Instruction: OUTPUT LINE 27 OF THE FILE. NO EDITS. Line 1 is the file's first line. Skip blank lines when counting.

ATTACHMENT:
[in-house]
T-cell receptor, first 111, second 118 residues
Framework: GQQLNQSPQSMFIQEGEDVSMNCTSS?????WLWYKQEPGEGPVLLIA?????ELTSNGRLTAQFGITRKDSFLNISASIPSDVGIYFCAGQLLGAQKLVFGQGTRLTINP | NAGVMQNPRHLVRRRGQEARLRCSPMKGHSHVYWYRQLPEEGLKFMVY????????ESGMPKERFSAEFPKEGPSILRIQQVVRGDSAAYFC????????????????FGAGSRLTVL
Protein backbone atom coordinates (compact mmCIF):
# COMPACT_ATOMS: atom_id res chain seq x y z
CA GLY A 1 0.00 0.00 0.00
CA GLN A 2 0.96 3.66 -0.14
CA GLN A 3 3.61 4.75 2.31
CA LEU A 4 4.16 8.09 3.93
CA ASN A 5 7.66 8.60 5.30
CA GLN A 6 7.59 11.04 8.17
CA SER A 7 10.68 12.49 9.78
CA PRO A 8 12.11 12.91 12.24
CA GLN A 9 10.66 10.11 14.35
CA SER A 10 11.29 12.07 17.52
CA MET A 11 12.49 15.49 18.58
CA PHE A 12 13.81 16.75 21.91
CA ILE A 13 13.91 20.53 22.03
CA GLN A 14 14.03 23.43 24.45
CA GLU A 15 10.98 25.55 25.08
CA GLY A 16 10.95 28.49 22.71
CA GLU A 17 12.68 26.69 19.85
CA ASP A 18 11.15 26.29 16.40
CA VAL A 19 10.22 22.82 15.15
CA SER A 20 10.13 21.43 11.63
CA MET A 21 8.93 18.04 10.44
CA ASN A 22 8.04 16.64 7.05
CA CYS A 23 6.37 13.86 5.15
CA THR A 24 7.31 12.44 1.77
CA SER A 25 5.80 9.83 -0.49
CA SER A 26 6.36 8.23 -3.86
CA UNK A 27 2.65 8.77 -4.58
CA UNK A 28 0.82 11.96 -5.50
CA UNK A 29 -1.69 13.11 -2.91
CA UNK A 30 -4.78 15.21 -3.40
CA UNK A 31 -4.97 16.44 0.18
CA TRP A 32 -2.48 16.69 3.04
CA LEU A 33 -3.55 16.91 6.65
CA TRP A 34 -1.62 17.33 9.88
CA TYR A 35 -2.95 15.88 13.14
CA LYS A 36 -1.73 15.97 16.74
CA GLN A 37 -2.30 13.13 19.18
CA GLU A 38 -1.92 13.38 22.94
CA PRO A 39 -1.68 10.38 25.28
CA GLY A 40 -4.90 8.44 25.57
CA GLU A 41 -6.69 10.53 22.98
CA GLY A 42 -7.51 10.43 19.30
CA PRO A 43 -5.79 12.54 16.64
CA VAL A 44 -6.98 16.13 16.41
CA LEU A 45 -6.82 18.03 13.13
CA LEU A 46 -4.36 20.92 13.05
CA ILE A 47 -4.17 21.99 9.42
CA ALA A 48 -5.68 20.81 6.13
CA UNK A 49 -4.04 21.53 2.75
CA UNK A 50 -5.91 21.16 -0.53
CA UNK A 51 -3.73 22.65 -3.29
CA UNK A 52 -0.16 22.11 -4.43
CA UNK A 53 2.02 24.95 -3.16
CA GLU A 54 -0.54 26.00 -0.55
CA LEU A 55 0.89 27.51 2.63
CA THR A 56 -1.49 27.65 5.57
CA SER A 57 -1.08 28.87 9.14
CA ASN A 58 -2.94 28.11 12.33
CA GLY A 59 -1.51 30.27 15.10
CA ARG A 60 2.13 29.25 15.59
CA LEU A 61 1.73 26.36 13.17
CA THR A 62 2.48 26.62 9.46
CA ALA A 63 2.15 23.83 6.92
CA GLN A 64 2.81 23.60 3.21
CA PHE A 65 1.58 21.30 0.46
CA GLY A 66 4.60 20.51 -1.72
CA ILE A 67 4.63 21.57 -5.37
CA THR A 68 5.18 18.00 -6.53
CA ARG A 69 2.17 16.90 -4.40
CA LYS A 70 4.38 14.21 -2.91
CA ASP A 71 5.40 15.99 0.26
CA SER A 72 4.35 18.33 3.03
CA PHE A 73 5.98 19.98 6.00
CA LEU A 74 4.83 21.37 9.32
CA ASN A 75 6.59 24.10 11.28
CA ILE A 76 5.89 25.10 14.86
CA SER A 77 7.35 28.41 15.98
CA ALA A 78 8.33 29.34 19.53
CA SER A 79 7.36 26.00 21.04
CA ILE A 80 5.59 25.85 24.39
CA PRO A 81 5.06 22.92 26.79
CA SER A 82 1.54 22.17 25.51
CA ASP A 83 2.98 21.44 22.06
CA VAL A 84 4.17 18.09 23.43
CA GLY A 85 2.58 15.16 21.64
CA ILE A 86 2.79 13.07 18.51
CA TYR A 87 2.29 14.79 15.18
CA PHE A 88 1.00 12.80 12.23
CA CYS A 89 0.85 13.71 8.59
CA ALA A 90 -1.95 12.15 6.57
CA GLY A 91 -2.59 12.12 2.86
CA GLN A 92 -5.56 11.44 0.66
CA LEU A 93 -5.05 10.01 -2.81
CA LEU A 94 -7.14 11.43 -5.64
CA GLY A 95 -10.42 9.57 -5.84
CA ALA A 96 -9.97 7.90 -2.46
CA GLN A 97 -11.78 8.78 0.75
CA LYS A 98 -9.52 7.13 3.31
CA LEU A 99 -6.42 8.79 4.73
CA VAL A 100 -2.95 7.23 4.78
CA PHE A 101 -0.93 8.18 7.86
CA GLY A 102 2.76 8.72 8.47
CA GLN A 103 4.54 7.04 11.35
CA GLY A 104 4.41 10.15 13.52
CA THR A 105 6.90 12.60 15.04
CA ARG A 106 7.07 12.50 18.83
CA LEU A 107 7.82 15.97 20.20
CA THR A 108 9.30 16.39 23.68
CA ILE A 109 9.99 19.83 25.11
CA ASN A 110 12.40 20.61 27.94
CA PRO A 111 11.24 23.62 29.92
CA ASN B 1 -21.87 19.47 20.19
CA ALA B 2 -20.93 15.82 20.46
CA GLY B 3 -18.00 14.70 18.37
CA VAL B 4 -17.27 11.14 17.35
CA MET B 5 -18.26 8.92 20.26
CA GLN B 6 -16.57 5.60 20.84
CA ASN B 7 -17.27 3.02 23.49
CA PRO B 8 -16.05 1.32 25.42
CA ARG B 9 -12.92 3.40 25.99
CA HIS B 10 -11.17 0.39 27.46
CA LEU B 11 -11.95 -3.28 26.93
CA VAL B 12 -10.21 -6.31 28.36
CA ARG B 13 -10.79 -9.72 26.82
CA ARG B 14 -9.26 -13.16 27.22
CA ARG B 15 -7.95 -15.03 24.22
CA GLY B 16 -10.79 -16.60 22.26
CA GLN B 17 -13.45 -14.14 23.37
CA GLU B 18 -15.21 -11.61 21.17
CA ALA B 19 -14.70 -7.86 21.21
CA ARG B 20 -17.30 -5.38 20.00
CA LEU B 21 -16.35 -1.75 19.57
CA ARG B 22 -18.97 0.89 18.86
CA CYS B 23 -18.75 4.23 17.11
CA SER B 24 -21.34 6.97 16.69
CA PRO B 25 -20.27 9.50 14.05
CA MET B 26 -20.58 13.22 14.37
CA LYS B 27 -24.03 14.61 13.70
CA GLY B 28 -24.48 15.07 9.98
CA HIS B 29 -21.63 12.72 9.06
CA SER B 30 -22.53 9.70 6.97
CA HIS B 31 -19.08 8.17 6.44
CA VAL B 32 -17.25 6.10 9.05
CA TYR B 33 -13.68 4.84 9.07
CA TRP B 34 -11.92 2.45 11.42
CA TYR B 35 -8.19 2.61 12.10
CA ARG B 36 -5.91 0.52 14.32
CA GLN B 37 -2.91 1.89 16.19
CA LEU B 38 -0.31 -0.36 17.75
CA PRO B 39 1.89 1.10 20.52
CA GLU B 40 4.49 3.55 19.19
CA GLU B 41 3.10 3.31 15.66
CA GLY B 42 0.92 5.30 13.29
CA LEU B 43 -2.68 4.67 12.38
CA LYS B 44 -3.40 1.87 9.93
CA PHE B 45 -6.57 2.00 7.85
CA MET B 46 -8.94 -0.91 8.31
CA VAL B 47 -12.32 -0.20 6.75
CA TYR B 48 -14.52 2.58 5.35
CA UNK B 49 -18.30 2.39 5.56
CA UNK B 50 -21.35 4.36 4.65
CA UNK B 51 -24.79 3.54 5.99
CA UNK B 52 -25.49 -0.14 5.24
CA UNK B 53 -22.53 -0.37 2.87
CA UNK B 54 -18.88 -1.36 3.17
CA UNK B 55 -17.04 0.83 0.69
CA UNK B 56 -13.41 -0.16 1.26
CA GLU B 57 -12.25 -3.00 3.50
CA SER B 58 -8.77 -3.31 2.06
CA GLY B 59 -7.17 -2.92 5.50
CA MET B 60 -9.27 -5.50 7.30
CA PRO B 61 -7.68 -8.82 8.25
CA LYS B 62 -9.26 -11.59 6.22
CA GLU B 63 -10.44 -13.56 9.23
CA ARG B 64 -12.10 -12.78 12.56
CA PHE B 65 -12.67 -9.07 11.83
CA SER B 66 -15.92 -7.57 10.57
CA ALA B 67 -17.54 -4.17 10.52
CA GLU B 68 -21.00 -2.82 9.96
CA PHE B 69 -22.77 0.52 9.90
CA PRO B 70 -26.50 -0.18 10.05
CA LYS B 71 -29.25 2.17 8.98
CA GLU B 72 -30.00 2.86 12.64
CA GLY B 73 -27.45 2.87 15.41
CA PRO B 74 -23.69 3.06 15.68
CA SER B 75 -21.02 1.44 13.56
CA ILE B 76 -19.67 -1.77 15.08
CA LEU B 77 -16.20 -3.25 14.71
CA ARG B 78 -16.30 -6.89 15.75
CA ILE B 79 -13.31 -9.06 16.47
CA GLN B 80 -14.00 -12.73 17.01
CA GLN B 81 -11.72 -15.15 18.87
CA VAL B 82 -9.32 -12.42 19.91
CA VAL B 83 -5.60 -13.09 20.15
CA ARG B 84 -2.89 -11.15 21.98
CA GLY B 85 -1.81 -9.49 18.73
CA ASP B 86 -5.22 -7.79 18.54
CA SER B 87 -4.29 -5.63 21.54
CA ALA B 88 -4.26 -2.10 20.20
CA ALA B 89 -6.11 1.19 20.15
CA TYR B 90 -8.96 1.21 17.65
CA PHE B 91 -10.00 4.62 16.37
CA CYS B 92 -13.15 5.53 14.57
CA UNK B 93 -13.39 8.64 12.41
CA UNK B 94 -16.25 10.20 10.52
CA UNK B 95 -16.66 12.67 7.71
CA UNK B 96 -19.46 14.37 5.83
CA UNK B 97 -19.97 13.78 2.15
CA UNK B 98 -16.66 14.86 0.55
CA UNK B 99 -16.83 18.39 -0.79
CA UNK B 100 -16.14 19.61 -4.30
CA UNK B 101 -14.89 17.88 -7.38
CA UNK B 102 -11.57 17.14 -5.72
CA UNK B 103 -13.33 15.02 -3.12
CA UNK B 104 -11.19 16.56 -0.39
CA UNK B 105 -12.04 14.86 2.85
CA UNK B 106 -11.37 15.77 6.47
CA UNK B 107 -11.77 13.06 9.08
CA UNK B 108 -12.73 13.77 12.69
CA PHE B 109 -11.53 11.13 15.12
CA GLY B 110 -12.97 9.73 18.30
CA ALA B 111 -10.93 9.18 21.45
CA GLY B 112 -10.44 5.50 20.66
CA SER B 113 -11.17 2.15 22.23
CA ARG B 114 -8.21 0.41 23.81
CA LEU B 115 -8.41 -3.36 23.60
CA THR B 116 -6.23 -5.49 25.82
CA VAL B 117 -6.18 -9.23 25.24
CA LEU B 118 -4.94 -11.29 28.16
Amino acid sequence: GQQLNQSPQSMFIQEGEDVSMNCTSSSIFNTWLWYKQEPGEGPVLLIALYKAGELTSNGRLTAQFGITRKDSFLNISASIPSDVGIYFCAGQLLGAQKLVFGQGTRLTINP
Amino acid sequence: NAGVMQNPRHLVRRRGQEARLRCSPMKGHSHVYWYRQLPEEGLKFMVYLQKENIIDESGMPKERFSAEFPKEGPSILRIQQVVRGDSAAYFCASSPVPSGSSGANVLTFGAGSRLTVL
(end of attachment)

CA ASN A 22 8.04 16.64 7.05